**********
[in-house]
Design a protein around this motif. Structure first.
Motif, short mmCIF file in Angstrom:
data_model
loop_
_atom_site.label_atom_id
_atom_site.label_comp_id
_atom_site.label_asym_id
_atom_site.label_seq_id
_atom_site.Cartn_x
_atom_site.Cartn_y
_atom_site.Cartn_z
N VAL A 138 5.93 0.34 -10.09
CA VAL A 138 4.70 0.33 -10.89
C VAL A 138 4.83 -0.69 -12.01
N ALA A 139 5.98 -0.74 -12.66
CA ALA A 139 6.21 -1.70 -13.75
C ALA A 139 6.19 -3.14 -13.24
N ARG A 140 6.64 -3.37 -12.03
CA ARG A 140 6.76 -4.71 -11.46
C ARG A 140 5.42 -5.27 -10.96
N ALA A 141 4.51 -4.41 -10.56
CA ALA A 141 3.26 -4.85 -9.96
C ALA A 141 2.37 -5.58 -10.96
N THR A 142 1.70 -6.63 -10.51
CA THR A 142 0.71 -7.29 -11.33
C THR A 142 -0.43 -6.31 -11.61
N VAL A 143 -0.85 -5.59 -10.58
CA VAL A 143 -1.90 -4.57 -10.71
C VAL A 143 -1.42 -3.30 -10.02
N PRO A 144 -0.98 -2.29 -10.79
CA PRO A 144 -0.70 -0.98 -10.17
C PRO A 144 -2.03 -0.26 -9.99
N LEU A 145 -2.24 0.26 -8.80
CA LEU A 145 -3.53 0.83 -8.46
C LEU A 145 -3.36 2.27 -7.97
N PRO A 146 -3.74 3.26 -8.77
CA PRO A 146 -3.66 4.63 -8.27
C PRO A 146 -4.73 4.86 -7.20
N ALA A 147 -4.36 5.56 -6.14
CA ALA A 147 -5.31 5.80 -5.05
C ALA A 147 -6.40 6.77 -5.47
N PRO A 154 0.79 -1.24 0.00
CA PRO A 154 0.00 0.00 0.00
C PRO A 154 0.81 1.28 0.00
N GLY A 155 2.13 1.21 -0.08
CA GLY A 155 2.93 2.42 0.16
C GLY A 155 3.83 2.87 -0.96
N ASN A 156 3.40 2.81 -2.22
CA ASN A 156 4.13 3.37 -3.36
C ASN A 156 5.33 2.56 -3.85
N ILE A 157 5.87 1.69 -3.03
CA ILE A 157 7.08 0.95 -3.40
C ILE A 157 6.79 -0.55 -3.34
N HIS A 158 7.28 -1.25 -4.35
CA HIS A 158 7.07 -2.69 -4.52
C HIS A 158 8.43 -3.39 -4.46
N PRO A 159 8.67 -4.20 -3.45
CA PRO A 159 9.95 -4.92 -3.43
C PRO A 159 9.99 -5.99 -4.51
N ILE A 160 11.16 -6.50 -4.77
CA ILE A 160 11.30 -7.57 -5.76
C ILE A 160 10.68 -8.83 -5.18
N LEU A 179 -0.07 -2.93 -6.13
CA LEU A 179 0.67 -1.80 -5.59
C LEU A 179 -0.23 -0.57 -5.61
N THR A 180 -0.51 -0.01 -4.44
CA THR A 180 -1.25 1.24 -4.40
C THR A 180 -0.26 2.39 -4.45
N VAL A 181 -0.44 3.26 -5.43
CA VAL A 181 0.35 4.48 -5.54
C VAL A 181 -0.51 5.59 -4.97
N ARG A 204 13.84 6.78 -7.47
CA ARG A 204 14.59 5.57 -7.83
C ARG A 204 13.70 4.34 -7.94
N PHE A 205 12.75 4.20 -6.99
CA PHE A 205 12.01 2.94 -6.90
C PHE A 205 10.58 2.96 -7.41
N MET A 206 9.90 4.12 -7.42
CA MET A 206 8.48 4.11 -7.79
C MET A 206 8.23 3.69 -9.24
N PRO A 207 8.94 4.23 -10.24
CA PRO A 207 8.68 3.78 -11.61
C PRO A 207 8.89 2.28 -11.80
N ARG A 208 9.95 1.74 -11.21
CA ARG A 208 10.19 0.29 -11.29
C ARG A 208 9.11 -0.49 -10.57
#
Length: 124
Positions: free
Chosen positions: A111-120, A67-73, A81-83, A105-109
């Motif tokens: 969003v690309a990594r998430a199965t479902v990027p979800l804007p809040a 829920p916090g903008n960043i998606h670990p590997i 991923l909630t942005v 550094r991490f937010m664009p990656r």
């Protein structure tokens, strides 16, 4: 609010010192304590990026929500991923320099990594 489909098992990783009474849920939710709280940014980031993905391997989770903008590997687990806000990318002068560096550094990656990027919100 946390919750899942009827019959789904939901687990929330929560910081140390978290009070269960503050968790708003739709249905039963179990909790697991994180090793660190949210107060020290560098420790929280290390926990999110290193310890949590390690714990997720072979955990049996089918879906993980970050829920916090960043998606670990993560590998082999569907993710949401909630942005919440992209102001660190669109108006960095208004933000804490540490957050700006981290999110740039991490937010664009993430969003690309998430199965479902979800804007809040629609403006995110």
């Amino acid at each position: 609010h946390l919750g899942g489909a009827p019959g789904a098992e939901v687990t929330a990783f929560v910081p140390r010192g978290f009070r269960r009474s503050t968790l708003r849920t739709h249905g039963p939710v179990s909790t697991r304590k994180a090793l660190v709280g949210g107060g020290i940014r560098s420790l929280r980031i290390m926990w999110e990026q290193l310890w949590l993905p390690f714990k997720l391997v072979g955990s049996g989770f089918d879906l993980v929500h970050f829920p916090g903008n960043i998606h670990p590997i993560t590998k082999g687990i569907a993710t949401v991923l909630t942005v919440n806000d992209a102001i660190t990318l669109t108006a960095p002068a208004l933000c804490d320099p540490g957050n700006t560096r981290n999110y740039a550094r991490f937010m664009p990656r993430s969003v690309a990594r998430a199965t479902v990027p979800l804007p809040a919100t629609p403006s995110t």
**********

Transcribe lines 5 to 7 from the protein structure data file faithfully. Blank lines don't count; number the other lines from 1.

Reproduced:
loop_
_atom_site.label_atom_id
_atom_site.label_comp_id